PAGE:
Developing Asia’s economic growth this year will be slightly lower than previously projected, the Manila-based Asian Development Bank said on Tuesday, citing the resurgence of Covid-19 infections in countries.
The ADB said recovery was underway in “developing Asia”, referring to the bank’s 46 members, including China and India, but growth was revised down to 7.2 per cent from 7.3 per cent projected in its Asian Development Outlook (ADO) report released in April.
The bloc’s combined economy was projected to expand 5.4 per cent next year, compared with the April forecast of 5.3 per cent.
“Asia and the Pacific’s recovery from the Covid-19 pandemic continues, although the path remains precarious amid renewed outbreaks, new virus variants, and an uneven vaccine rollout,” ADB Chief Economist Yasuyuki Sawada said.
In its ADO supplement, the ADB maintained its growth forecasts for China at 8.1 per cent this year and 5.5 per cent next year.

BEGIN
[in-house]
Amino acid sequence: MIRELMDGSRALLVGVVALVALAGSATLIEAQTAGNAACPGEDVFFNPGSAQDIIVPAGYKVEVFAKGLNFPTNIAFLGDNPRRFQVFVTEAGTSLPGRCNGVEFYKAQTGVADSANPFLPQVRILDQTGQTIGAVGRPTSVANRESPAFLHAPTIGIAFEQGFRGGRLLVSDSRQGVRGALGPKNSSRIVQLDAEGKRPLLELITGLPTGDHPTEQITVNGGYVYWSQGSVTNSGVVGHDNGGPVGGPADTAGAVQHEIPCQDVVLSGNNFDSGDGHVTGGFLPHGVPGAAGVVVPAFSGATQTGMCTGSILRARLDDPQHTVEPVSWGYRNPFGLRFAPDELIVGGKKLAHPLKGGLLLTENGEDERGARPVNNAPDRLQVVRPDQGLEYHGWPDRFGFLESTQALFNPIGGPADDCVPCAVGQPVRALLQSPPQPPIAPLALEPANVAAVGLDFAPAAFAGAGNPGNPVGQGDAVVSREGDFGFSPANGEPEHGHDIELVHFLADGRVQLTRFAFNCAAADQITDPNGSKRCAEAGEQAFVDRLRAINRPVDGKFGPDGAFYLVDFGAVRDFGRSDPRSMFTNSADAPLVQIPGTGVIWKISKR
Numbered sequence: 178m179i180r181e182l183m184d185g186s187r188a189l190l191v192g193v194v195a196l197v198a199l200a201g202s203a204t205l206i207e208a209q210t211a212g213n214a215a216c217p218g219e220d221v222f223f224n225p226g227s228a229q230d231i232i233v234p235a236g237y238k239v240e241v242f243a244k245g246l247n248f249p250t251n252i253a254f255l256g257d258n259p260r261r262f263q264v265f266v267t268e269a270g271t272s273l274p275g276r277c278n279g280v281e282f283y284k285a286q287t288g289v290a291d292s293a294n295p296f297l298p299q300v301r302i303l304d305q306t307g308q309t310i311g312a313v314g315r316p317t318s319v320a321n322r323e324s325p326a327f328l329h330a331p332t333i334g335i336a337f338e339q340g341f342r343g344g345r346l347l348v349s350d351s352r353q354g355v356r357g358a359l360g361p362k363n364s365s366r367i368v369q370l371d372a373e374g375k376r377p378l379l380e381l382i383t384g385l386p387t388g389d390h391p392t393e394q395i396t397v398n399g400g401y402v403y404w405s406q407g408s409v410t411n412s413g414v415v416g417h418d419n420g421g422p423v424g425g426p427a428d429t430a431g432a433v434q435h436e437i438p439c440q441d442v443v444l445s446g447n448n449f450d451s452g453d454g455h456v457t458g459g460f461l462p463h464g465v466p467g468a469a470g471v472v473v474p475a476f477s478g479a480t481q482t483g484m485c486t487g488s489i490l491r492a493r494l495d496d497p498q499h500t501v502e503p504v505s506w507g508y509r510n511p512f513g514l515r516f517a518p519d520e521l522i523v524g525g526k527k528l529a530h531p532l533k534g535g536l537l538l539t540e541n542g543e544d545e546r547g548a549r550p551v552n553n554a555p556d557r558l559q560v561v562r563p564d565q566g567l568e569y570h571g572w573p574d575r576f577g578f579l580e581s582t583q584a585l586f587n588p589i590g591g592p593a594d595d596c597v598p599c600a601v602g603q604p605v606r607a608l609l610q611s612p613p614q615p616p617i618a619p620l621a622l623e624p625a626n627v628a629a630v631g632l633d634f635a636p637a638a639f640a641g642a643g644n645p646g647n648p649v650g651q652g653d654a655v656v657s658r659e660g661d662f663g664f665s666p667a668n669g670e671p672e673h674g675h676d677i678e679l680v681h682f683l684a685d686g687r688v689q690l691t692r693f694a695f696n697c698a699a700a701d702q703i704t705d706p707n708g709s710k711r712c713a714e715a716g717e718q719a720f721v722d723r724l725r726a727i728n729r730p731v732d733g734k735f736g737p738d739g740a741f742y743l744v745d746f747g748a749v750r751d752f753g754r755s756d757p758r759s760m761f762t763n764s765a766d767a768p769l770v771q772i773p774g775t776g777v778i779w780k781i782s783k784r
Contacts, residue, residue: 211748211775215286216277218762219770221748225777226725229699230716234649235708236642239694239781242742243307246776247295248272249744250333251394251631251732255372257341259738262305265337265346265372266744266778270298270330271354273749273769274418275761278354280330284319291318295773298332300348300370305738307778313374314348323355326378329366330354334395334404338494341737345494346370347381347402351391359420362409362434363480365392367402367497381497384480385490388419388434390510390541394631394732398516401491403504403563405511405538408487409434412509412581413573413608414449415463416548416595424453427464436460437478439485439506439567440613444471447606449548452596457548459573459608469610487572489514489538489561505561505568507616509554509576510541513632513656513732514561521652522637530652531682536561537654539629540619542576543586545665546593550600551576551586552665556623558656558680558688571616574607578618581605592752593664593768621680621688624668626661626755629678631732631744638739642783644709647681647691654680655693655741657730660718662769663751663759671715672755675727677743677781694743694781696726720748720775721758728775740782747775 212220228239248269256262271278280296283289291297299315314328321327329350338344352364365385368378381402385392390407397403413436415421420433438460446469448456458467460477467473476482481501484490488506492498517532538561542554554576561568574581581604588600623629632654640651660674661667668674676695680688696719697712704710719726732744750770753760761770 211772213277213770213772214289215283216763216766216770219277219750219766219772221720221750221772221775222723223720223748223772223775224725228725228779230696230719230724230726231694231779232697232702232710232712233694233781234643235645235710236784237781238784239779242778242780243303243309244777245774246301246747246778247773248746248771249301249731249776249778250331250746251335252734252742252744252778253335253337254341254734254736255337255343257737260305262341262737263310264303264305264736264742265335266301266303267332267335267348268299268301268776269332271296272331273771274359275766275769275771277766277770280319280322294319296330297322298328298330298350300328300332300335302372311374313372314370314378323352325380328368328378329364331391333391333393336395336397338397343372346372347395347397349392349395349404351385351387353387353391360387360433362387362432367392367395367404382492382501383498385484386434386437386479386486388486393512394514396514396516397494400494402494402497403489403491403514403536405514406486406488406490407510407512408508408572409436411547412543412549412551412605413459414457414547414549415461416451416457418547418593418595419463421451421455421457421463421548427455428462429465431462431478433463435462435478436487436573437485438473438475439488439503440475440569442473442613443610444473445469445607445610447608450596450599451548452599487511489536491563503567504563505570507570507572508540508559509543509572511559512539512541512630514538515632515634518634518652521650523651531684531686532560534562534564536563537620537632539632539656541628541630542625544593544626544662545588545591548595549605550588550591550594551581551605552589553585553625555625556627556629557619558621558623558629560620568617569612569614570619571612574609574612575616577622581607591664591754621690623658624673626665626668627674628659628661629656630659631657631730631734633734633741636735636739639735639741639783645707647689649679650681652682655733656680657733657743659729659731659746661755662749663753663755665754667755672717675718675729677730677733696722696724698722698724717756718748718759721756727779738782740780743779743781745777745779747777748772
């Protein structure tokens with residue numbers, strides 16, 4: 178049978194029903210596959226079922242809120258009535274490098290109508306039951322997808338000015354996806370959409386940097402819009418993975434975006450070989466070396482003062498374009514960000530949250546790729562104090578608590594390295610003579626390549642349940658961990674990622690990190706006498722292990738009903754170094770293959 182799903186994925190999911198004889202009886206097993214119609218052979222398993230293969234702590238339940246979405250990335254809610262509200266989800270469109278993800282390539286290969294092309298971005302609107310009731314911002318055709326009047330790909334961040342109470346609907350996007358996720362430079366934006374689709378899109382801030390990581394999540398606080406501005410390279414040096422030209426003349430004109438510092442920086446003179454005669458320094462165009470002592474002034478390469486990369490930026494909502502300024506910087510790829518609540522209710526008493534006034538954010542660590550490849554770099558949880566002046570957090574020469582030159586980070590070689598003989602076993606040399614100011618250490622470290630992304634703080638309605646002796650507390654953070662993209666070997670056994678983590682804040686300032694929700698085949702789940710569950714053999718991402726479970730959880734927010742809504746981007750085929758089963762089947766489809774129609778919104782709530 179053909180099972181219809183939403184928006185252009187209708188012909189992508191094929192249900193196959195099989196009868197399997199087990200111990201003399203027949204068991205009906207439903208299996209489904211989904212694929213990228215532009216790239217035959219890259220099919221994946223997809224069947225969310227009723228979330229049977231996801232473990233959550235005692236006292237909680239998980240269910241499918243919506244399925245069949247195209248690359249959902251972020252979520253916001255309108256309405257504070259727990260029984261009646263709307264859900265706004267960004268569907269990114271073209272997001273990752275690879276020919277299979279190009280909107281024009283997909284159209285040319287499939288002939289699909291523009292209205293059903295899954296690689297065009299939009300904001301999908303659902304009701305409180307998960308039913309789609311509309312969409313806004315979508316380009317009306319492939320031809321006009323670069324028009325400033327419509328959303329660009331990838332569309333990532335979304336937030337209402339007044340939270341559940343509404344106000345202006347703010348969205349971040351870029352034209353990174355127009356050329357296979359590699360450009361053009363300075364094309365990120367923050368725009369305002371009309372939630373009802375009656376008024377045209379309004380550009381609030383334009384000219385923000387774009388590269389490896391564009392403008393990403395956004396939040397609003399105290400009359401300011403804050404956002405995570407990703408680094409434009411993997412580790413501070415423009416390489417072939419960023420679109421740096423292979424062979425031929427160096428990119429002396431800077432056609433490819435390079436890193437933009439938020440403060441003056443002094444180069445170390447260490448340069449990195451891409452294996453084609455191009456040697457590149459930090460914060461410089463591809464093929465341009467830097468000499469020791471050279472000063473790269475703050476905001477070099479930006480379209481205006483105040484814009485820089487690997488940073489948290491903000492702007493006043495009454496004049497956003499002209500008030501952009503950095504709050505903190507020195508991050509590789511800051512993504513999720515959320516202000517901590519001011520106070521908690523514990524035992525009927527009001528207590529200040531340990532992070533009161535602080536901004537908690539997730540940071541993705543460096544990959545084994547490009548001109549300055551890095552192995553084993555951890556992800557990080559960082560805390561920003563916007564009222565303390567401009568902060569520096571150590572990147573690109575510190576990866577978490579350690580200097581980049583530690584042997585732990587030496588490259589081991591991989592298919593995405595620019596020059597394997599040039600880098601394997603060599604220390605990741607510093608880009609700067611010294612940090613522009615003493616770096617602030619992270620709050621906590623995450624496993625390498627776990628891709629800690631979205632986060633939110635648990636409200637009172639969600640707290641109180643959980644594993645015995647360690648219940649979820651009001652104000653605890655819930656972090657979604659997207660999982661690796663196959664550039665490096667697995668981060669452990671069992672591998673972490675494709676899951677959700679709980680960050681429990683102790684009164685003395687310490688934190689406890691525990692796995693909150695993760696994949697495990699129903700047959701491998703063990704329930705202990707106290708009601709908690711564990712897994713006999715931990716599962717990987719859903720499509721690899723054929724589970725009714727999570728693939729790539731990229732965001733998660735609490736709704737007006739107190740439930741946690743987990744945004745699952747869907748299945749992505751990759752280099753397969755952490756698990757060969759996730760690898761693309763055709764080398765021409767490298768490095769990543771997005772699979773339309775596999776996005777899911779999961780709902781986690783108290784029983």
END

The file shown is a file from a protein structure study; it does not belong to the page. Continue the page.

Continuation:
But it revised growth forecasts for India to 10 per cent this year and 7.5 per cent next year, compared with the April projections of 11 per cent and 7.0 per cent, respectively.
In Southeast Asia, the ADB revised 2021 growth forecasts to 4.1 per cent from 4.5 per cent for Indonesia; 2.0 per cent from 3.0 per cent for Thailand; 5.5 per cent from 6.0 per cent for Malaysia; and 5.8 per cent from 6.7 per cent for Vietnam.
It raised Singapore’s growth projection for this year to 6.3 per cent from 6.0 per cent, but kept the growth outlook for the Philippines at 4.5 per cent.
For the year 2022, the ADB maintained its growth forecasts for most Southeast Asian economies: 5.0 per cent for Indonesia, 5.7 per cent for Malaysia, 5.5 per cent for the Philippines, 4.1 per cent for Singapore, and 7.0 per cent for Vietnam.
But it raised the growth projection for Thailand to 4.9 per cent for next year from 4.5 per cent.
“On top of containment and vaccination measures, phased and strategic rejuvenation of economic activities - for instance, trade, manufacturing, and tourism - will be key to ensure that the recovery is green, inclusive, and resilient,” Sawada said.